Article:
'Future in mind' - the Taskforce Report main recommendations

Lizzie Bruce
Purestock_1574r-02725a
17 Mar 2015

‘Future in mind – promoting, protecting and improving our children and young people’s mental health and wellbeing’, the report of the government's Children and Young People’s Mental Health Taskforce, was launched today at the King’s Fund by Norman Lamb MP, Minister for Care and Support.

It provides a broad set of recommendations that, if implemented, would facilitate greater access and standards for CAMHS services, promote positive mental health and wellbeing for children and young people, greater system co-ordination and a significant improvement in meeting the mental health needs of children and young people from vulnerable backgrounds.

Below are some of the key recommendations from the report.

Schools

The recommendations from the report would have a clear impact on the role schools play in mental health promotion and the provision of mental health services for children and young people, these include:

  • providing a named CAMHS contact in all schools
  • involving schools in the local plans devised by Health and Wellbeing Boards
  • alternative treatment venues should be made available, in particular for children from vulnerable and hard to reach backgrounds
  • promotion of whole-school approach to fostering resilience within schools

Commissioning

In dealing with the issue of responsibility for commissioning and creating a clearer commissioning pathway, the Taskforce recommended the following:

  • increase co-commissioning for community and in-patient care with a view to moving away from the tiered model
  • local lead accountable commissioning body with single separate identifiable budget for children and young people’s mental health
  • design and implement a local plan for children and young people’s mental health in each commissioning area with inputs from all agencies, children and young people and their parents
  • increased commissioning of home treatment and other flexible services

Early Years

The Taskforce report includes quite a number of strong recommendations in the area of early years intervention and mental health promotion. These include:

  • every birthing unit to have a specialist perinatal mental health clinician by 2017
  • increased investment in early years health services and ensuring parents have access to evidence based interventions and support to strengthen attachment and avoid trauma
  • local authorities to invest in funding for early support initiatives and invest strategically in mental health services from 0-5 from Oct 2015
  • health visitors should receive updated training in mental health

Children and young people from vulnerable backgrounds

The Taskforce looked closely at the provision of services and meeting the needs of Looked after Children and children and young people from vulnerable backgrounds. The recommendations they came up with include:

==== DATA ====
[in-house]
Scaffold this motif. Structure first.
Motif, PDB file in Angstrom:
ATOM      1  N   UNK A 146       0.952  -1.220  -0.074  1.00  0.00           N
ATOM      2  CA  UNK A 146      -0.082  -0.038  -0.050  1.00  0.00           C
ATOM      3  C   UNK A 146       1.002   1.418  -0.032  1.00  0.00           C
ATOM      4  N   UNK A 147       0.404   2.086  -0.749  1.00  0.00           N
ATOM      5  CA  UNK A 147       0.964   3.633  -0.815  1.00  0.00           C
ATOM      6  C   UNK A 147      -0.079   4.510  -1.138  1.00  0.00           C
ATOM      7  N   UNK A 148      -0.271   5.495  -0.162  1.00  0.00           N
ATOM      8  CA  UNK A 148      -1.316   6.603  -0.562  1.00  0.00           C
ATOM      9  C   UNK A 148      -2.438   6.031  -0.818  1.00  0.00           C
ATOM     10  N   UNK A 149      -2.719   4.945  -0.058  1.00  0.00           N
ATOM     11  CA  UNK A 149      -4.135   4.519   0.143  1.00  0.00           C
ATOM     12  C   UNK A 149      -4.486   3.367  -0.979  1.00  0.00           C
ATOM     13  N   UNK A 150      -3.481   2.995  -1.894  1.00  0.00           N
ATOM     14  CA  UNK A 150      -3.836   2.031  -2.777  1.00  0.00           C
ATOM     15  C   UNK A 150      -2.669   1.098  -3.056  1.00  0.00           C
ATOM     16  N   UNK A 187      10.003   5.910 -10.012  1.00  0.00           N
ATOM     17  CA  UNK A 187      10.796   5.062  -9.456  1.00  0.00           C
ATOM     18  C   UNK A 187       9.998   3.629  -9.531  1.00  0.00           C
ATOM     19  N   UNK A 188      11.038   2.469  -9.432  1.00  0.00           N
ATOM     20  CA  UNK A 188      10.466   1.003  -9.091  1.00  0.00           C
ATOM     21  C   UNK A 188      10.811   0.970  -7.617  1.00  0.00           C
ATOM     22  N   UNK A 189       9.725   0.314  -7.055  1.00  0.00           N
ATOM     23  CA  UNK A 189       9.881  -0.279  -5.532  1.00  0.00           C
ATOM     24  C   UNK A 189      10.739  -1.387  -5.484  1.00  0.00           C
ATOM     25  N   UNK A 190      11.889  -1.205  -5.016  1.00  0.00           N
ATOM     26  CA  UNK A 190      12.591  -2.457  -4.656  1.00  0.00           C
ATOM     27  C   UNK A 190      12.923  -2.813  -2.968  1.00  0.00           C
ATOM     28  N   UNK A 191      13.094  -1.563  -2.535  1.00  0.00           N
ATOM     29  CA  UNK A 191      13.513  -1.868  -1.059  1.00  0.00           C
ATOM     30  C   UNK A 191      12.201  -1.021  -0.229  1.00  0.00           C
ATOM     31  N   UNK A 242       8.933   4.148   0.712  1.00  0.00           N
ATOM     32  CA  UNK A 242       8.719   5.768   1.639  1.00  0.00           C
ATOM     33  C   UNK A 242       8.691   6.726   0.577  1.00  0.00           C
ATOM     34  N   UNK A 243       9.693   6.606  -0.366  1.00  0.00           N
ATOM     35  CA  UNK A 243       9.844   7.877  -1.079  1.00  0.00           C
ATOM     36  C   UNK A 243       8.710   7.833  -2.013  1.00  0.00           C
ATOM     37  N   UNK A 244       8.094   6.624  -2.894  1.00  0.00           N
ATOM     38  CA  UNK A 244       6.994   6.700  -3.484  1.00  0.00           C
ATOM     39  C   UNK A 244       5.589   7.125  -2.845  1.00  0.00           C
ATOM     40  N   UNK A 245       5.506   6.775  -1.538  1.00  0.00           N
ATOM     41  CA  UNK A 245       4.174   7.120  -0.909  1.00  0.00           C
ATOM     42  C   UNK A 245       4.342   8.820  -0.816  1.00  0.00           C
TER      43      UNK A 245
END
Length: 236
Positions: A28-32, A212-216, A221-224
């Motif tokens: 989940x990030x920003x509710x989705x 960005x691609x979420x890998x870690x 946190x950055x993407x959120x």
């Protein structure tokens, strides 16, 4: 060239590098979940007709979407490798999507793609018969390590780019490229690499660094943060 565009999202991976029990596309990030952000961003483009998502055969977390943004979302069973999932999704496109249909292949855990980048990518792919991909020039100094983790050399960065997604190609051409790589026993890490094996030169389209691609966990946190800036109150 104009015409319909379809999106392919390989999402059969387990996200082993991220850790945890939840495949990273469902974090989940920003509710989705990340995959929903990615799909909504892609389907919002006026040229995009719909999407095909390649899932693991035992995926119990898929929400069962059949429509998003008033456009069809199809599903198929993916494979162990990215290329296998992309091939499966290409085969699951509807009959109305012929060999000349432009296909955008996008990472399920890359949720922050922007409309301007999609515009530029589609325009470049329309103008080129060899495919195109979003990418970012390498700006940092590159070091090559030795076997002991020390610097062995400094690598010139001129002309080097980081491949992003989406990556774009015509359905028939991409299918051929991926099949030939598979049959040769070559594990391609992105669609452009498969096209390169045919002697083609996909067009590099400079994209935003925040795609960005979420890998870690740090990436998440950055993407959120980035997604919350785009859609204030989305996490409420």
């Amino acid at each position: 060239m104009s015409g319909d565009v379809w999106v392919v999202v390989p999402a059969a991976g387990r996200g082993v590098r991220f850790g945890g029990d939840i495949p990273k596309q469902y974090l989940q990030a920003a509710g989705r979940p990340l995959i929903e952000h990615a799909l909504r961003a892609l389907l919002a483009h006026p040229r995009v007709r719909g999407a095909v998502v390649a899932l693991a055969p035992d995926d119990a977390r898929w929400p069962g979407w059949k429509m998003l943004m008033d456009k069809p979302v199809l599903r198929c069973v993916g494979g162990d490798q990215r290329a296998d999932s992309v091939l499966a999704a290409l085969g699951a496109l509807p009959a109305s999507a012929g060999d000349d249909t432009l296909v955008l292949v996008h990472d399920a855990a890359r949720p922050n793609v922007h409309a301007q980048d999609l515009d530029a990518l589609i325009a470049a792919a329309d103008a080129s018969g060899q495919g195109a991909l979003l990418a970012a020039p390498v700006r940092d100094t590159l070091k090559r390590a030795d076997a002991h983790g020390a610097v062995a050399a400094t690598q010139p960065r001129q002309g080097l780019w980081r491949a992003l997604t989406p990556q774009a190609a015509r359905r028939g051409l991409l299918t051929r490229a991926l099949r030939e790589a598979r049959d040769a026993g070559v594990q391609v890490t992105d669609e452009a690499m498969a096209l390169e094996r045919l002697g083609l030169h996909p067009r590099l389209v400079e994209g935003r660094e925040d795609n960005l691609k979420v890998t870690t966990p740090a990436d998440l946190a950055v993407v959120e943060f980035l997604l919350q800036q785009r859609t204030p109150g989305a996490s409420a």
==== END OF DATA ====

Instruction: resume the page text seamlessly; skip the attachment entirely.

• remove the arbitrary age cut-off especially for Looked After Children and children and young people from vulnerable backgrounds
  • need for bespoke care pathways using evidence based interventions for children from minority and vulnerable backgrounds
  • alternative treatment venues should be made available, in particular for children from vulnerable and hard to reach backgrounds
  • shared assessment, case management and regular multi-agency case review processes for these young people
  • designated professionals to liaise with agencies and ensure that services are targeted and delivered in an integrated way for children and young people from vulnerable backgrounds

Improved access

In the area of improved service provision and access, the Taskforce report recommendations include:

  • developing  a nationally branded web based portal for children and young people, parents and teachers to access information and support
  • all GPs should have a named CAMHS contact
  • improve accessibility by practically applying the Department of Health “You’re Welcome” quality criteria for young people friendly health services
  • potentially extend CAMHS services to young people up to 25 years of age
  • best practice guidelines to be developed for CCGs and GPs around student transitions
  • increase in number of one-stop shops with single point of access systems based in the community
  • greater access to personal budgets for children and young people and their families
  • development of peer-support schemes with professional support

Data and standards

The Taskforce looked at the issues of data collection and standard setting and recommended the following:

  • a prevalence survey to be conducted by the Department of Health every 5 years which would produce data that can be analysed by characteristics such as ethnicity/deprivation/Looked after children etc.
  • the production of the CAMHS dataset which would collate key indicators, patient experience and patient outcomes would be a key priority at a national and local level
  • both the CQC and Ofsted should develop a joint cross inspectorate view of how system works together to improve outcomes

More information

Tags:
, , , , , , , , ,

1 Comment

  • lori
    about 1 year ago

    arbitrary cut off of access to camhs at 16. still.
    no or very limited provision for young people and children with additional ld or asd. generic services are not geared up to people who may experience communication problems.

Add a comment

Your email address will not appear on the site
(Tick to hide your name when this comment appears on the site)
This is to prevent us from receiving spam messages
Please wait...